It's worth noting that "Poste haste" is also spelt wrongly in the diary. The forger certainly had a problem with the very simple word "post".
Maybrick, of course, would have had no such difficulties. He was an educated man and almost certainly attended Liverpool Collegiate Institution, a fee paying school where William Gladstone, who would later become prime minister, gave a speech at the opening ceremony: https://books.google.co.uk/books?id=...ybrick&f=false
For me, the "e" is a give-away. I think the "e" added to "post haste" was a subconscious error on the part of the writer, after having to purposefully use it in "Poste House". That implies that adding the "e" was not common for the writer, which it wouldn't be.
It's an error on the part of a person attempting to write in a certain manner.
That's an easy one, Graham. Maybrick was, of course, a psychic! Why not? He drank in futuristic pubs, invented phrases, evaded the police as the world's most infamous killer, could mask his handwriting whenever he wanted... Did I miss anything?
Ahhhh, right. I did wonder.........
We are suffering from a plethora of surmise, conjecture and hypothesis. - Sherlock Holmes, The Adventure Of Silver Blaze
Many a Public House in the late 1800's was referred to by locals as the 'Post House', as prior to the setting up of the Royal mail many of them acted as collection and drop off points for a basic postal system.
That's interesting, Spider - but I'm not sure about the connection to the postal service. According to the OED, an archaic/obsolete definition of post-house is given as "An inn or other house where horses are kept for the use of travellers: a posting house". This seems to imply that the "post" bit might have referred to the posts where the horses were tethered. The term dates back to the 1600s, which pre-dates any sort of organised mail system by a couple of hundred years. Examples:
"We repos'd this night at Piperno, in the Post-house without the towne" (John Evelyn's Diary, 1645)
"He alighted at the Post-house to change Horses" (London Gazette, 1712)
"They are a sort of post-house, where the Fates change horses" (Byron, Don Juan, 1819)
It is argued that large coaching inns might have been known as post houses. This could never have applied to the pub in Cumberland Street, as it was too small to have been a coaching inn, as Caz pointed out many, many years ago-okay, maybe not that many years, it was still the twenty-first century, after all. Sorry, Caz! http://www.casebook.org/forum/messages/4922/12049.html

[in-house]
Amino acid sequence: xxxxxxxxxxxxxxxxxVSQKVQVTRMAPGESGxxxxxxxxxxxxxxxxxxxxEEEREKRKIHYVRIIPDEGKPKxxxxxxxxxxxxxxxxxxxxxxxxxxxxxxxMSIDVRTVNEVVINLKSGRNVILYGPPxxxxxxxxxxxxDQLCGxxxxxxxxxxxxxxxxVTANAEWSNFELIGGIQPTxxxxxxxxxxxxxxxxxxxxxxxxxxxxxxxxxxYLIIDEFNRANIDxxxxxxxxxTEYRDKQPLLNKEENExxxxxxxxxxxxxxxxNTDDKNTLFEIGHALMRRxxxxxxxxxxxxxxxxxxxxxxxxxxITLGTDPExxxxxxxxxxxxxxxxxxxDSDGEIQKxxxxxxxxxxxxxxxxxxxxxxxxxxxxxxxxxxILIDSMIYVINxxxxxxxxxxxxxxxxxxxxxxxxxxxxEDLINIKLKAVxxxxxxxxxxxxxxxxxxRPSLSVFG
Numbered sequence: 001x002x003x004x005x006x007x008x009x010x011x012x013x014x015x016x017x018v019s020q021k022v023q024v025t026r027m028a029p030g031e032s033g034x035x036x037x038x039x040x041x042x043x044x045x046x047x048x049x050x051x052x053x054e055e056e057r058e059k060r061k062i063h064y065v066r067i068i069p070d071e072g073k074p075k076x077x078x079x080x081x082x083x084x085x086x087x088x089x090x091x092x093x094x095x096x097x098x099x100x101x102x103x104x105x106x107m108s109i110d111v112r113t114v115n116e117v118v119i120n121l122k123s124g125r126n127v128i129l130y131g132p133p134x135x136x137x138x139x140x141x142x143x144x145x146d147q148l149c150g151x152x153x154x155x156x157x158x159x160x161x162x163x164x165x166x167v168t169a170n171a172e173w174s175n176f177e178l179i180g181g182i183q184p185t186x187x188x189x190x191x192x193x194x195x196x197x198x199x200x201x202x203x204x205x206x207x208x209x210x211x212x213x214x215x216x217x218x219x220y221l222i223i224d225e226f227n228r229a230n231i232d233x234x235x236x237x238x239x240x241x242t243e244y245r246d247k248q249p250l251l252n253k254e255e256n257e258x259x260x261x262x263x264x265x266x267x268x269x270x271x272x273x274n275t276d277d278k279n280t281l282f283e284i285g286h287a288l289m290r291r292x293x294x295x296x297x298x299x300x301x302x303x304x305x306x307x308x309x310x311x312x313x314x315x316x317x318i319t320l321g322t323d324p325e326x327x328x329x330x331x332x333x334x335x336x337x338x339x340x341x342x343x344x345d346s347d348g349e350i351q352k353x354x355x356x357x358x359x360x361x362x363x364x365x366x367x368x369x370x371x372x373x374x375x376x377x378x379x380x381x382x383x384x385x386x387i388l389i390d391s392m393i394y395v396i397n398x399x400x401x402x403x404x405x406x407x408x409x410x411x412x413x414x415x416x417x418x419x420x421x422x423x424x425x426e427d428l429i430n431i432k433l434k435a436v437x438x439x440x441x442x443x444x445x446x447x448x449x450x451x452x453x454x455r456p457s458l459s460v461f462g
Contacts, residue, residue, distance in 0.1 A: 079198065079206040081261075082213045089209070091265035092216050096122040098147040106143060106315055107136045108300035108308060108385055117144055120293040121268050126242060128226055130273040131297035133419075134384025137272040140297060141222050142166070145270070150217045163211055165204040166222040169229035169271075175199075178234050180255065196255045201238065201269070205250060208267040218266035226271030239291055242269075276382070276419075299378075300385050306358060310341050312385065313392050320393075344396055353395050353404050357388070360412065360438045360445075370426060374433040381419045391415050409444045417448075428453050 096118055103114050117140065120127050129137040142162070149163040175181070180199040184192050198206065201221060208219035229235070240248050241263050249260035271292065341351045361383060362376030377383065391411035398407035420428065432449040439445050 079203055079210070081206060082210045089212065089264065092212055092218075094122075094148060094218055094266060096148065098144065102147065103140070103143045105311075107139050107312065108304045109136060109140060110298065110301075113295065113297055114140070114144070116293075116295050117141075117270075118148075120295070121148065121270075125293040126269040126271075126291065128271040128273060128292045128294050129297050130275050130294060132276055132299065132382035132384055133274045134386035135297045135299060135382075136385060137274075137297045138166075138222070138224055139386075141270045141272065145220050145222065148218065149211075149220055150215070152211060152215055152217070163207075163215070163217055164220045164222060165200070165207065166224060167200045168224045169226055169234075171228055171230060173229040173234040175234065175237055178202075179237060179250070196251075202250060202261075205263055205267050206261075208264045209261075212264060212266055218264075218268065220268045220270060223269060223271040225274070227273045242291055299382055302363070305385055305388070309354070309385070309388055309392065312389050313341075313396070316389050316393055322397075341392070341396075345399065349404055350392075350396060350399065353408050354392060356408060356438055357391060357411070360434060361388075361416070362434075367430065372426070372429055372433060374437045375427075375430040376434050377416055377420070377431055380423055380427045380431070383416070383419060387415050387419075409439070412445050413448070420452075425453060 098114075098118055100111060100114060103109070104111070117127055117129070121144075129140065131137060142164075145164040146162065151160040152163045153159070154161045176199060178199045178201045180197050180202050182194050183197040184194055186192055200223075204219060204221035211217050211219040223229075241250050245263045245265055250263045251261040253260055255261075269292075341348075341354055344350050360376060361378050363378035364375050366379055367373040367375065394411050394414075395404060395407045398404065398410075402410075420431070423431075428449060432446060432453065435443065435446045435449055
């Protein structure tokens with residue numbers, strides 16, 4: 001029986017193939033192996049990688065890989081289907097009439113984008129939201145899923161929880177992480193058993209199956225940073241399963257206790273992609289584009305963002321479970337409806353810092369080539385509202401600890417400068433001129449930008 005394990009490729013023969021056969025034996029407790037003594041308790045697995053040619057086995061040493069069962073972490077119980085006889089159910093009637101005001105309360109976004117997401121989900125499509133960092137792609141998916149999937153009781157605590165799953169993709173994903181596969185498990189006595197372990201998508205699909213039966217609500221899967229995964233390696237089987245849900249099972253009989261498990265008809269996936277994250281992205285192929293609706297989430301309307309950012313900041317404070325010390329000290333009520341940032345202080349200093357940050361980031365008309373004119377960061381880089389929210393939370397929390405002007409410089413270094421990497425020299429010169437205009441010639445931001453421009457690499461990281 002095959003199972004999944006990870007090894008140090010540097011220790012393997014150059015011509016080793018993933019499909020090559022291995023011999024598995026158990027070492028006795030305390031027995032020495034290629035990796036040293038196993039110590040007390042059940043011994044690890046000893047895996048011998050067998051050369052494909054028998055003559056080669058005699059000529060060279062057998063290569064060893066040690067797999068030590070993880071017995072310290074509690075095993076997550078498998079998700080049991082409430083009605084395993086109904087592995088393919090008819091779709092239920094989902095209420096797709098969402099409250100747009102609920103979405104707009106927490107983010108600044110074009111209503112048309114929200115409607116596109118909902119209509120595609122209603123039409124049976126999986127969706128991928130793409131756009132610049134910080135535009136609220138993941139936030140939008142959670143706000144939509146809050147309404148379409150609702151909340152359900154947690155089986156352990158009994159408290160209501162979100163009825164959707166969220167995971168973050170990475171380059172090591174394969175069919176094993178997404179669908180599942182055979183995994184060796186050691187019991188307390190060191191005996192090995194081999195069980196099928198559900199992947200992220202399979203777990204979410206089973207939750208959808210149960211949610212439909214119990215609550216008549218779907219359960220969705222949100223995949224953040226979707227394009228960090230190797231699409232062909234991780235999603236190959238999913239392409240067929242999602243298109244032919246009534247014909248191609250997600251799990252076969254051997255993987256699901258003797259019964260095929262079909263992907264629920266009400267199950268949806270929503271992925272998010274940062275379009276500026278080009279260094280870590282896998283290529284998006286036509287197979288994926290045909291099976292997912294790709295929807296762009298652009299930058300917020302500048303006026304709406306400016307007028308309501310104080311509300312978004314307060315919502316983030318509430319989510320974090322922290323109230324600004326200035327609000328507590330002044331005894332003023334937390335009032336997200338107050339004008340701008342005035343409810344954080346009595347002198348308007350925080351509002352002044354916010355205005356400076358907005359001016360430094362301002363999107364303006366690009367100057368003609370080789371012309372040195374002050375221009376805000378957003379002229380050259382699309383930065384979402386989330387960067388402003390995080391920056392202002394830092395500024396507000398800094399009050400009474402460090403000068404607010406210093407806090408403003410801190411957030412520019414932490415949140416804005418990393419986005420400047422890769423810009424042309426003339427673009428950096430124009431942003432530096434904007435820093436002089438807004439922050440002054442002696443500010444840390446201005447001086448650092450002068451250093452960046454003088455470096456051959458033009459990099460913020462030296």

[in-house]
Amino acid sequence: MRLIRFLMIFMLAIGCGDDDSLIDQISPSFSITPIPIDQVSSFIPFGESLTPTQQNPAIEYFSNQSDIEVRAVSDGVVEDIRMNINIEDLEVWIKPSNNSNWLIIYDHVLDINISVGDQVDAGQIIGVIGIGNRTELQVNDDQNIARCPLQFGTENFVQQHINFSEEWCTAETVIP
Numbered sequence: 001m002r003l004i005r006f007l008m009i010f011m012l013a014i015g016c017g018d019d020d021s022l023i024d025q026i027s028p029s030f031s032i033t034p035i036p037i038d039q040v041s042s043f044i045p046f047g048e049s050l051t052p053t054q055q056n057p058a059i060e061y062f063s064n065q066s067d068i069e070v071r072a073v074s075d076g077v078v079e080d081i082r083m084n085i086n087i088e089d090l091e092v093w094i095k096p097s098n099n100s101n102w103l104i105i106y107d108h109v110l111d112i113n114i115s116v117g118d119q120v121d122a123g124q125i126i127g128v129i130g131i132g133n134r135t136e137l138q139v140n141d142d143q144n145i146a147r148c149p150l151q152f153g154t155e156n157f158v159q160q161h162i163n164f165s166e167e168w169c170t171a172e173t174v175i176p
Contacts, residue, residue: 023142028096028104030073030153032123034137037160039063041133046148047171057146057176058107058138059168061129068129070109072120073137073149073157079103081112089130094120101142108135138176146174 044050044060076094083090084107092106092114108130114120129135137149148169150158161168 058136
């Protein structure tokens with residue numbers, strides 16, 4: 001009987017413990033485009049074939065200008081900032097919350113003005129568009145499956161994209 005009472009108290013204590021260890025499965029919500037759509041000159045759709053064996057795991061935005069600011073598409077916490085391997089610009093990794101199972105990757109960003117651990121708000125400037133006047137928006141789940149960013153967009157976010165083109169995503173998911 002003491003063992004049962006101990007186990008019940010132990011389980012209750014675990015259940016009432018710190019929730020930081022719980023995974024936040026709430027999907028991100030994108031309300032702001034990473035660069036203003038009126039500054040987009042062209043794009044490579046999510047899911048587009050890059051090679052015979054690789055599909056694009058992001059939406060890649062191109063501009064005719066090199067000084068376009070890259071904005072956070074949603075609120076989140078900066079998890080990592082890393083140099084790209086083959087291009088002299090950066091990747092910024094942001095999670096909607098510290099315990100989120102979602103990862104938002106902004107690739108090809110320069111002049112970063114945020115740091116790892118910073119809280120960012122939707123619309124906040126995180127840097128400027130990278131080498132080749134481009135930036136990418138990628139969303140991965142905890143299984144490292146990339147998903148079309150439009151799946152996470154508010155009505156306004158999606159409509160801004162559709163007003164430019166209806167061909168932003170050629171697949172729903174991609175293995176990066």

Large coaching inns might have been known as post houses. This could never have applied to the pub in Cumberland Street, as it was too small to have been a coaching inn, as Caz pointed out many years ago-okay, maybe not that many years, it was still the twenty-first century, after all! http://www.casebook.org/forum/messages/4922/12049.html
Reading that thread, I notice the same disingenuous error being handed out that the Old Post office Tavern was likely known as "the Poste House", when no such evidence exists.
This random man from Rigby's is said to have labelled that pub as bearing that name, which is entirely false.
It amazes me that there doesn't exist one iota of information to support this assumed name.
The argument against a forger naming an erroneous title seems to be that they surely wouldn't be that careless, yet in reality, we can plainly see that many things about this diary are very careless.
Careless provenances that vary greatly, careless inclusion of out-of-date phrases, careless inclusion of lines from books not yet published, careless attention to handwriting, careless attention to spelling, careless attention to content; such as mentioning odd things like Maybrick not wanting to get blood on him, when we know the Ripper went inside his victims' bodies. There's so many careless details in the diary that it really is astounding how anyone can believe in it.
Hoaxers are not above error. Nobody is above error. A person writing a true account is generally not so repeatedly careless.